Abstract esthetic factors have nothing to do with patriotism. A lad in Korea can look up at the silent sky and dream of dismal Camden with the same love as the lad in the next fox-hole dreams of Colorado. It's the concretion of the love that counts! - the fact that this love in our dreaming takes on a local habitation and a name. Before the word America can set a man thinking or planning or resolving or defending, it ought to set him dreaming and remembering! And out of this dreamed procession of America as a concrete place will be poured the ingot of a tough and true patriotism. Have you who read these lines never gone inwardly a-wandering among the myriad impacts of this magnificent land? - the sprawling, opulent south, she of the stark red earth and the blithe and lazy skies; the tragic, lonely beauty of New England, her neat white houses and her stone fences, so proper to her prim certainty; the sweep of the middle west with her little towns set astride ten thousand main streets that become white concrete ribbons that stretch or cure across the countryside of incredible fertility and scope; the terrible distances of the western states where farmer's families of a Saturday night "run into town" - eighty miles! - with insouciant ease; and the fabulous west coast, majestic at the top where Rainier sparkles, rich and worldly-wise at the center where the land enfolds in long arms the lovely bay, and the fantastic glitter and brashness at the bottom where sprawls and brawls the city of the angels!
 Our American lives are impoverished if they lack a sense of identity with the country around them and are ignorant of its written and anecdotal history. The rootlessness of American life has here a part of its cause, we sit lightly to places and people; we are in large part a migrant population. Frontier psychology has persisted beyond the disappearance of the frontier. We belong to a lot of things; not many of us retain a sense of belonging to a place or pattern of life. No wonder then that a corporation chartered in Delaware, doing business in Ohio, directed from New York, can airily transfer members of its staff from New Jersey to Illinois without batting an eye over the human dislocations involved.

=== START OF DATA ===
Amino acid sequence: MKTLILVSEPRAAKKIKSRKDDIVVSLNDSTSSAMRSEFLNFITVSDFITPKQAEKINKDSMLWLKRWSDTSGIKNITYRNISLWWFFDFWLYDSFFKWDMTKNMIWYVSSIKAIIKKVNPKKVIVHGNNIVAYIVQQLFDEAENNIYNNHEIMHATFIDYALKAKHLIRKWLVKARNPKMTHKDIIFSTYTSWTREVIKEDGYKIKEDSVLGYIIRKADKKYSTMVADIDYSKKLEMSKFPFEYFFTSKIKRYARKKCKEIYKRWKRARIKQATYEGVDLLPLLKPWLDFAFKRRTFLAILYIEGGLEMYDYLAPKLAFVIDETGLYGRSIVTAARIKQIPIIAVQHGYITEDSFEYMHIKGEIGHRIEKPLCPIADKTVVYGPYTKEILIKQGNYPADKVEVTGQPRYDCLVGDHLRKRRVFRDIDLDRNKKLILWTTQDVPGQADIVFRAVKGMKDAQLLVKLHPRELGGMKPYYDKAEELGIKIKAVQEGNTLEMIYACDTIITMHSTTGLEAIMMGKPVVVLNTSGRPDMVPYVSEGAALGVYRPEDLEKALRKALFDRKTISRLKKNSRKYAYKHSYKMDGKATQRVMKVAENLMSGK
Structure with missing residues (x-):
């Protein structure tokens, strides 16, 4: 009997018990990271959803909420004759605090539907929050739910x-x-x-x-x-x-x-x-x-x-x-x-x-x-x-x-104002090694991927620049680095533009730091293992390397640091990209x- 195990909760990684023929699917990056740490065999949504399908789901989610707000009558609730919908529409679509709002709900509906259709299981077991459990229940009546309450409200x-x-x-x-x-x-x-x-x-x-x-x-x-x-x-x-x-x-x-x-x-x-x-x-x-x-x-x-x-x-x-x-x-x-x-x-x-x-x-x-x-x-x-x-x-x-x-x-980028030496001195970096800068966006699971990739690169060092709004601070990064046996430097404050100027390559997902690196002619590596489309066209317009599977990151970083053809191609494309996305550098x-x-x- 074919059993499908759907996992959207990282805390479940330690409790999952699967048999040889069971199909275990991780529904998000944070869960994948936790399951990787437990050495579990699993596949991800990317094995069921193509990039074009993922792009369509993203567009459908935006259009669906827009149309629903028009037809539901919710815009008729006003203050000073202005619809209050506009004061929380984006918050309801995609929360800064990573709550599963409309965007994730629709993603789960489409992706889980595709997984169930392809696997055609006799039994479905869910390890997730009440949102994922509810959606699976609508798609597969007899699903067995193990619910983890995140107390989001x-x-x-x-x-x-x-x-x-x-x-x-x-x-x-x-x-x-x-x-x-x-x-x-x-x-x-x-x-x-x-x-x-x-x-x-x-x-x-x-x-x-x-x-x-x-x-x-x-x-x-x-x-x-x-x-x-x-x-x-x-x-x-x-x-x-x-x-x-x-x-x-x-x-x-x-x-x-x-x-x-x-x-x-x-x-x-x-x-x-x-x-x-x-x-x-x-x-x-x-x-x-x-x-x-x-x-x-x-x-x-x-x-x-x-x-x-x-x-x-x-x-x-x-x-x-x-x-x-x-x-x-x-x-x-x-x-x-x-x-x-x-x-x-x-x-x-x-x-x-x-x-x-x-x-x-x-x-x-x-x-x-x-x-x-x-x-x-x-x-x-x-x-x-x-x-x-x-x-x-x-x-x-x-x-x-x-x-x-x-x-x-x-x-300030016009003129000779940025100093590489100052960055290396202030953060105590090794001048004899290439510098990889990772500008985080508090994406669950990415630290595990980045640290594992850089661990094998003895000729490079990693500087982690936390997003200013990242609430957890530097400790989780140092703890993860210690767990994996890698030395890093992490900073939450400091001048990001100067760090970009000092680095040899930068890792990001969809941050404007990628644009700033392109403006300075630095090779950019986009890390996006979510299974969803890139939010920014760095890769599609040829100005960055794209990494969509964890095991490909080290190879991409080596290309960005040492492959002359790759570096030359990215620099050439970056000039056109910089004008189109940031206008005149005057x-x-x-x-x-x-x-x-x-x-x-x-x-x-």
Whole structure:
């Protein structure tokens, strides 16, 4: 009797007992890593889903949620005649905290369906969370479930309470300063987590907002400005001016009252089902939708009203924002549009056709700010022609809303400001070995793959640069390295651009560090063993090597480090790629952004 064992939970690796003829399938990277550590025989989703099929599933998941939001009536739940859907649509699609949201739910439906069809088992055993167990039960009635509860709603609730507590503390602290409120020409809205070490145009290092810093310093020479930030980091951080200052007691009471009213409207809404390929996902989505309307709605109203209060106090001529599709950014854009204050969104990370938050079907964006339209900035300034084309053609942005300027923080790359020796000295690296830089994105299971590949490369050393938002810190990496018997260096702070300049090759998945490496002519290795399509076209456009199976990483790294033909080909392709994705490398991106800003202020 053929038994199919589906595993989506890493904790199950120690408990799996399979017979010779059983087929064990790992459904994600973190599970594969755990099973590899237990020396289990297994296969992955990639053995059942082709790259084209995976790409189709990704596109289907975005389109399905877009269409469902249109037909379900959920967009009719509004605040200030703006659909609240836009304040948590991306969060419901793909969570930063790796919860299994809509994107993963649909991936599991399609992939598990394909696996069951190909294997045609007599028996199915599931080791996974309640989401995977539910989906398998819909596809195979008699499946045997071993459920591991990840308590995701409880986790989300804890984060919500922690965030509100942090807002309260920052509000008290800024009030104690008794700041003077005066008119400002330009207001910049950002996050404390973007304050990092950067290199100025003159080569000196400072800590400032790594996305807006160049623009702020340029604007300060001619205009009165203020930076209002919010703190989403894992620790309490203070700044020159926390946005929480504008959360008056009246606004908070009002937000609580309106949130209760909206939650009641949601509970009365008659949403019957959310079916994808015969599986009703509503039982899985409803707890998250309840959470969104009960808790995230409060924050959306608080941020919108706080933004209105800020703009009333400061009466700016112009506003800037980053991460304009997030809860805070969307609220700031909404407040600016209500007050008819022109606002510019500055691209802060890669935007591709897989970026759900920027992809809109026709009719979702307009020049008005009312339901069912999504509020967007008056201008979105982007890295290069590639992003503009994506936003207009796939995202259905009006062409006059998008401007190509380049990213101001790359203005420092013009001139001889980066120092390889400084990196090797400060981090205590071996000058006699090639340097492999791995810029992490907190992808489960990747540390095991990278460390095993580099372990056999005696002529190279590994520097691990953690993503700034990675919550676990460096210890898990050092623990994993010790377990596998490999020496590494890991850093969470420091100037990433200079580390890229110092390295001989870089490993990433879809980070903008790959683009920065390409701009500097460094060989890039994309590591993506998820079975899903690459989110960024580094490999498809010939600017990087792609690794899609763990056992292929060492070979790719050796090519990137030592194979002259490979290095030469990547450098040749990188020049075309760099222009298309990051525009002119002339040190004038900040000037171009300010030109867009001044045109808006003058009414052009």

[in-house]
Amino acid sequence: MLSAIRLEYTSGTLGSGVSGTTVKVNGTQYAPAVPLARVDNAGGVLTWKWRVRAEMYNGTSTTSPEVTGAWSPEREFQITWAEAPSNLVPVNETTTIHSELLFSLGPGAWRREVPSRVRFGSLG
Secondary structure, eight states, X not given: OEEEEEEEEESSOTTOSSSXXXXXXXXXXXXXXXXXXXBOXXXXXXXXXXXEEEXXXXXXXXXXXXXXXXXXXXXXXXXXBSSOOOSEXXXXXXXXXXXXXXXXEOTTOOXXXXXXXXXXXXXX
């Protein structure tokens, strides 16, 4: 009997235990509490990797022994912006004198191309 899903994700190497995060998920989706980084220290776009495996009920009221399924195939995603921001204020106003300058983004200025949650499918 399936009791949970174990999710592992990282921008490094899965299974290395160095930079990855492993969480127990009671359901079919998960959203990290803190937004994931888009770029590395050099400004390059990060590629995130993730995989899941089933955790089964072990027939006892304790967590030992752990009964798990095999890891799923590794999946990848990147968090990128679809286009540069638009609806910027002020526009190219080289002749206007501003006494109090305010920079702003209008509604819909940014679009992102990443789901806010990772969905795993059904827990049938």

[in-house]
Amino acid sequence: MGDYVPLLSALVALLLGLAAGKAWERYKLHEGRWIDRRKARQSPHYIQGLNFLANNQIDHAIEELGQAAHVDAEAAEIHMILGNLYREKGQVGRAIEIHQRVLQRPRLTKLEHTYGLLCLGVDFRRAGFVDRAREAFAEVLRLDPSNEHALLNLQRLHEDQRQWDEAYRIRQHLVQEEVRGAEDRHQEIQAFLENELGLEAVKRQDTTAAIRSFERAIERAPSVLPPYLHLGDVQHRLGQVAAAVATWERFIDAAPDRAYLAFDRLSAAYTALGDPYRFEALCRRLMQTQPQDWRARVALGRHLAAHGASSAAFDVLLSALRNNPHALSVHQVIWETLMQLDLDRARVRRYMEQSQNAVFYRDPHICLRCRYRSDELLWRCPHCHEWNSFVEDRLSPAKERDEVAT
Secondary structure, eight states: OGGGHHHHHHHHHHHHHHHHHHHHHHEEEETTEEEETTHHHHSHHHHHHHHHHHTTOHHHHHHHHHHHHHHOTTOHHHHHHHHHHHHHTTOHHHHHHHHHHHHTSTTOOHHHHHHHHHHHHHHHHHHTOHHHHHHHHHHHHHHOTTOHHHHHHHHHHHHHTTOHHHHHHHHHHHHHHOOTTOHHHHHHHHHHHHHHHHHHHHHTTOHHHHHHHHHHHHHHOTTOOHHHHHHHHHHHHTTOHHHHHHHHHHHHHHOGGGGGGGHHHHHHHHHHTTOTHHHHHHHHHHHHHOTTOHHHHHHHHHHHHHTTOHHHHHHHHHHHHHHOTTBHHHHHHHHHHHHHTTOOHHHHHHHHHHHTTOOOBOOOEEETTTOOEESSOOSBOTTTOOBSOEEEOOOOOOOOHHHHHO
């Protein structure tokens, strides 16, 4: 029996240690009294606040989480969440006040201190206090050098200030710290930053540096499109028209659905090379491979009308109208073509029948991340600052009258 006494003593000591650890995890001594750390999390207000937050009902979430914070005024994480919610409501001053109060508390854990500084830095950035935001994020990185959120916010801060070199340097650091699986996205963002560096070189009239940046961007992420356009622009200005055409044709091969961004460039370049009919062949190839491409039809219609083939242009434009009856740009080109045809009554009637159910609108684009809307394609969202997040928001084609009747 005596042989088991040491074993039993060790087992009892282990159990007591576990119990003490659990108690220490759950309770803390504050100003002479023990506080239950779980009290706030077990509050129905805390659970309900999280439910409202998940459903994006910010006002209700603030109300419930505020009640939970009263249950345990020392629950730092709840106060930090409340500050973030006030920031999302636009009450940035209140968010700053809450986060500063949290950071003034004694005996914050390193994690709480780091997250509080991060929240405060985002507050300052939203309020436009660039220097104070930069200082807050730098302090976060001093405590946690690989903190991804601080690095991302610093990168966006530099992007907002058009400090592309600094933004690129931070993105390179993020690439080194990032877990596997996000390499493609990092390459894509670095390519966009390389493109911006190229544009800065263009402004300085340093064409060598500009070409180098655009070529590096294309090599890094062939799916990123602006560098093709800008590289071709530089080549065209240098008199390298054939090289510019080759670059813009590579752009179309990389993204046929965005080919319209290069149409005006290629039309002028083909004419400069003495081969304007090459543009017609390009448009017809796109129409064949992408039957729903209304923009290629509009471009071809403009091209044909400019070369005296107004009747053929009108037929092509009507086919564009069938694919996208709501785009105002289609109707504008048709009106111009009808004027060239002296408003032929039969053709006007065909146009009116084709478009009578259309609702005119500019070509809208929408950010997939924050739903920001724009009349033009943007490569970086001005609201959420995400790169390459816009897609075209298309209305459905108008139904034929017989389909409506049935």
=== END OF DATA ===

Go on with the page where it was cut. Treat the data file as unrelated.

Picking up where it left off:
Loving, personal identification with one's own land has never been a breeder of arrogant nationalism. That would seem to be the logical result, but it isn't. For a man's love for his own land is the practical and earthy ground for respect for other men's love of their land. Just as he who has convictions alone knows the meaning of tolerance, so he alone can assess at right value the land-loves of other people who knows and deeply loves his own.
 There is a grace in that gift of God whereby a man loves his particular country. Because we are severed from dear remembered places, and because our feet seldom touch the earth save at its concrete or asphalt surfaces, something has happened to man's spirit which constitutes an actual barrier to God's common grace. A too-little known English poet has caught it; and with Gerard Manley Hopkins' God's Grandeur we can, perhaps, realize the intention of this little essay.
The world is charged with the grandeur of God.
It will flame out, like shining from shook foil;
It gathers to a greatness, like the ooze of oil
Crushed. Why do men then now not reck his rod?
Generations have trod, have trod, have trod;
And all is seared with trade; bleared smeared with toil;
And wears man's smudge and shares man's smell: the soil
Is bare now, nor can foot feel, being shod.
And for all this, nature is never spent;
There lives the dearest freshness deep down things;
And though the last lights off the black West went
Oh, morning, at the brown brink eastward, springs -
Because the Holy Ghost over the bent
World broods with warm breast and with ah! bright wings.
[Joseph Sittler] Unsigned. The Chicago Lutheran Seminary Record 56, no. 2 (April 1951): 2-4. Reprinted by permission of the Lutheran School of Theology at Chicago.